Buñuel’s later, better known pictures tend to be peopled with haut bourgeois characters. This one is set in the slums of Mexico City and features mainly boys and young men and their misdemeanours. Amongst the apparent social realism, there is still space for an outstanding dream sequence and there are definitely no trite messages. J. Hoberman, in the Village Voice, called it “a great, great movie … a masterpiece of social surrealism … Strong enough to make a hardened Communist cry or drive a (true) Christian to despair”. (88 mins)
Dir: Luis Buñuel, Mexico 1950

Programme Notes

Mexico, 1950, 80 minutes

Shot in barely 3 weeks in the slums of Mexico City, on a miniscule budget, Buñuel’s caustic portrait of the futile lives
of a gang of street urchins has echoes of his scathing 1933 documentary Land Without Bread (screened here last November) in that the later and more familiar mask of sophisticated detachment from his subject is not yet in place, his fierce emotional and intellectual vision being the driving force that reveals a grimace of horror at the world’s cruelty and injustice. Meaning literally ‘The Forgotten Ones’, the film hit world cinema of the day like a fist through sheet glass, stunning critics, throwing the Mexican Federal District authorities into outraged consternation and winning Bunuel the prize for best director at Cannes the following year, 1951.

Said to be inspired by de Sica’s 1946 release Shoeshine, Los Olvidados was a welcome departure from the then popular genre of liberal social-conscience films (where a few homespun lessons and a wry smile can soften the hardest delinquent) showing that, in the end, there may be no real redemption while poverty and injustice persist. Although in Buñuel’s own words the film was “my attack on the sadness that ruins children before they have a chance”, any hope inspired by the growing optimism and moral conscience of the central character proves fleeting and illusory.

In tracking Buñuel’s many-complexioned oeuvre, this film, from his acknowledged and well-defined second phase, marked a departure from his purist and experimental beginnings (Un Chien Andalou, 1928; L’Age d’Or, 1930) and paved the way for his later re-submergence into surrealism, as well as a return to the coolly jaundiced view of his twin hates – the triviality of the bourgeoisie and the hypocrisy of the church that so dominated the societies in which he lived. The particular importance of the film lies in its unapologetic portrayal of life without hope or trust and shows us, as Buñuel well knew – and wanted us to know, that the world doesn’t work the way Hollywood told us it does. It was the moment he cried out in anger at cruelty and injustice – bitterly, powerfully, unforgettably.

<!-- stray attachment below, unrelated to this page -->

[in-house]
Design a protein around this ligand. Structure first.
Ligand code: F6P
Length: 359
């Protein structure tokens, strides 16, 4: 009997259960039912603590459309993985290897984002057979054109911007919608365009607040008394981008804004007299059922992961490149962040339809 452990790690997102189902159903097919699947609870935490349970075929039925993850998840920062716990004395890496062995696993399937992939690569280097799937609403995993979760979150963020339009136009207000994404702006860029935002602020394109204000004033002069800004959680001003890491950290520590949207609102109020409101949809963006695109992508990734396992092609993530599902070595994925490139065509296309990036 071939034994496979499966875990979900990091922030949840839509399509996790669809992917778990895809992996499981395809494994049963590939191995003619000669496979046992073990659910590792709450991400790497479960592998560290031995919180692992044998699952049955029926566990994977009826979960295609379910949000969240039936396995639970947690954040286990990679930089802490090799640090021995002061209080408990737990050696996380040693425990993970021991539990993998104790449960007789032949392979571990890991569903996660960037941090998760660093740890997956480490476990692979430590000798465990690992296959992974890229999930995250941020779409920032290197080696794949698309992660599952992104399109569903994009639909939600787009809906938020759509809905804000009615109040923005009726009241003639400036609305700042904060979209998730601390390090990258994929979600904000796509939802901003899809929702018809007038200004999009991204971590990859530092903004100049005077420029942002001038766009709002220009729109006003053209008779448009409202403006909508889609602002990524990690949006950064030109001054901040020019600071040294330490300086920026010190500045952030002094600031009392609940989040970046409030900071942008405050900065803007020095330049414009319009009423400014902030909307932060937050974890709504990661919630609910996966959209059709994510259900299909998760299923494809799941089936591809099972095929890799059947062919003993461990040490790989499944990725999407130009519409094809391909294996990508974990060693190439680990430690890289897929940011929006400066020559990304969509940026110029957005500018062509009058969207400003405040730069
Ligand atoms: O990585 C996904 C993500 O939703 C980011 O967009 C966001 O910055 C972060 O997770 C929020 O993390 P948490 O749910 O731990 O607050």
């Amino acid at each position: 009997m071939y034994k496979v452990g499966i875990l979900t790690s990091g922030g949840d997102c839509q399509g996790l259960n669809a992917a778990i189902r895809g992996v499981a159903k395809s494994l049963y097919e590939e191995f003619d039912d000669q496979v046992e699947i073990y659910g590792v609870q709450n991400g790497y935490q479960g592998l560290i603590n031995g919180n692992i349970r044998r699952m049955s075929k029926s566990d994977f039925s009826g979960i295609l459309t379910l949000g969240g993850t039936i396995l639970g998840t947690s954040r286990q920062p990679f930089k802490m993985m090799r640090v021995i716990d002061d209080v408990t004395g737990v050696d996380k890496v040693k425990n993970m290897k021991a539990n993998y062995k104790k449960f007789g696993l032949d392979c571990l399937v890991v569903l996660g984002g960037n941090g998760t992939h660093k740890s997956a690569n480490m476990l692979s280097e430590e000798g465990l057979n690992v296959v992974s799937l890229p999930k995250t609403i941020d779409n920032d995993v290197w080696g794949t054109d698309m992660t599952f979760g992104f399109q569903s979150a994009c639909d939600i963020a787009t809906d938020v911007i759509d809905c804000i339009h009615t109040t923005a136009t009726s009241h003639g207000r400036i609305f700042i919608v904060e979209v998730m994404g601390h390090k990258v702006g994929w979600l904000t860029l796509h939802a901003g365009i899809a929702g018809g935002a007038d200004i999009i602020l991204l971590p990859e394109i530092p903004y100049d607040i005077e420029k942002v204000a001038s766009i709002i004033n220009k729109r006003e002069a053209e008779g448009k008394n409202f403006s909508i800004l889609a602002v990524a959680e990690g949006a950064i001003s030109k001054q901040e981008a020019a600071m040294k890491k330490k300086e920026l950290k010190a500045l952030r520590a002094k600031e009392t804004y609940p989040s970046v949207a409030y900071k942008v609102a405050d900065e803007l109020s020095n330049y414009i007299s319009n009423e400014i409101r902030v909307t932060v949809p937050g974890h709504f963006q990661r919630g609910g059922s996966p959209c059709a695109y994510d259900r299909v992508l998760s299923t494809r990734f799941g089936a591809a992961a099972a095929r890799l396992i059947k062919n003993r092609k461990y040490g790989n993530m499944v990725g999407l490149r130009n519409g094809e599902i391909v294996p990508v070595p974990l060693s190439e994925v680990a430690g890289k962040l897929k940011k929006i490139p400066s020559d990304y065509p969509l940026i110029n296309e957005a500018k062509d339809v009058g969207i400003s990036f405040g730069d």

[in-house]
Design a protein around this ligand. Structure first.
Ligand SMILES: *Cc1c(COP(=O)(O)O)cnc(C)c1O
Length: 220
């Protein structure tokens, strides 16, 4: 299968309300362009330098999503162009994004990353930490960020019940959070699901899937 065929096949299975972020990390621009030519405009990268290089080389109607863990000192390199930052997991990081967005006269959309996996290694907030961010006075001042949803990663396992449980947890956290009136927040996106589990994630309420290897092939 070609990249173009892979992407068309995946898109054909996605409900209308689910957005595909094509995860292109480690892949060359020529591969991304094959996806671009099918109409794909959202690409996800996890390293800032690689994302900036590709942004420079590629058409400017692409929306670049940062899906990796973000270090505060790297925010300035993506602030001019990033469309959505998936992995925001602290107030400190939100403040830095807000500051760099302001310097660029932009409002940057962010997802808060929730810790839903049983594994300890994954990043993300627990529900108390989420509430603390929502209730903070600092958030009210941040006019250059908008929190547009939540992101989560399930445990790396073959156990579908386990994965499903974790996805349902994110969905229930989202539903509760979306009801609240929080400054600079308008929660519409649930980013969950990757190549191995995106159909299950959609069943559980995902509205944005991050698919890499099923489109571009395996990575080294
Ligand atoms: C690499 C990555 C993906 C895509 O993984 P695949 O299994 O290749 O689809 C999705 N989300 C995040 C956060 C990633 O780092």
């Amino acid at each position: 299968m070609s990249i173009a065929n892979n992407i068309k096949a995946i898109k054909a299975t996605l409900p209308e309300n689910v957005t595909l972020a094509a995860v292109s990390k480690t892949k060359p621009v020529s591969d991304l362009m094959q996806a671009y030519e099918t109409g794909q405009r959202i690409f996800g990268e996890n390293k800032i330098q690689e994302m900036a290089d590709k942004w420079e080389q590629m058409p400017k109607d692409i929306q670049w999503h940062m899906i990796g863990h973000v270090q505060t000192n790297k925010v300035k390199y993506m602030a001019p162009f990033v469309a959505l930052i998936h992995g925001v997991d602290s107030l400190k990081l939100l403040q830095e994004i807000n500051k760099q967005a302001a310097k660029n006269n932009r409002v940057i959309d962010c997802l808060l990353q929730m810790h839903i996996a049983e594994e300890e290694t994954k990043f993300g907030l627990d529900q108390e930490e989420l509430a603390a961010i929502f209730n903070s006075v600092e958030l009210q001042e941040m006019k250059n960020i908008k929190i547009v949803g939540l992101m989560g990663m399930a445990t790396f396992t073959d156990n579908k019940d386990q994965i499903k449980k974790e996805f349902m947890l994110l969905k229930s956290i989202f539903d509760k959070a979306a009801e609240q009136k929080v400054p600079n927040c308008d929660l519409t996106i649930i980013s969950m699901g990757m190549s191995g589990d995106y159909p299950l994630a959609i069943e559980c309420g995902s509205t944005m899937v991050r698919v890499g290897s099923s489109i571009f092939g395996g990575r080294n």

Acknowledgements: DBC Pierre, The Guardian, Saul Austerlitz, Cineaste

“[Los Olvidados] lashes the mind like red-hot iron and leaves one’s conscience no opportunity for rest”, Andre Bazin, Cannes Film Festival Jury

Pedro – Alfonso Mejia
Pedro’s mother – Estela Inda
El Jaibo – Roberto Cobo
The Blind Man – Miguel Inclan
Cacarizo – Efrain Arauz
Meche – Alma Delia Fuentes
Director – Luis Buñuel
Producers – Oscar Dansigers, Sergio Kogan, Jaime Menasce
Writers – Luis Buñuel, Luis Alcoriza, Max Aub
Cinematography – Miguel Figueroa
Original Music – Rodolfo Halffter, Gustavo Pittaluga


“Searing, hideous, unbearable, wonderful.”

“Very impressive and moving account of urban poverty and crime and its effect on so many people.”

“This certainly leaves (one with) no illusions of the tragedy of poverty and violence – made in righteous indignation.”

“Very powerful. One or two sparks of humanity in it but a bleak vision of society.”

“I thought it was a brilliant film but found the music a bit melodramatic and difficult to listen to. I loved the dream sequence.”

“Brilliant but very sad. Reminded me of Bicycle Thieves but much harsher in tone. I hated the dream sequences – they never work for me.”

“A heavy (but) convincing dose of reality. Not Dixon of Dock Green!”

“Probably true to the seamier side of life. Since year 2000, the bodies of many of (the) 400 women (murdered in Mexico City since then) have been disposed of like Pedro’s.”

“Impossible to mark – not an enjoyable film but unremittingly realistic and pessimistic.”

“Shades of Dickens’ plots but more authentic. The dream bits were not true to the story!”

“If only they’d had ASBOs in 1950!”


“Terribly depressing”

“Not much changes”

“Black, black, black”

“It’s a wonder Bunuel got to make many films – hardly box office!”

“As plodding as it was dismal”


A:17, B:16, C:9, D:2, E:0 to give 77%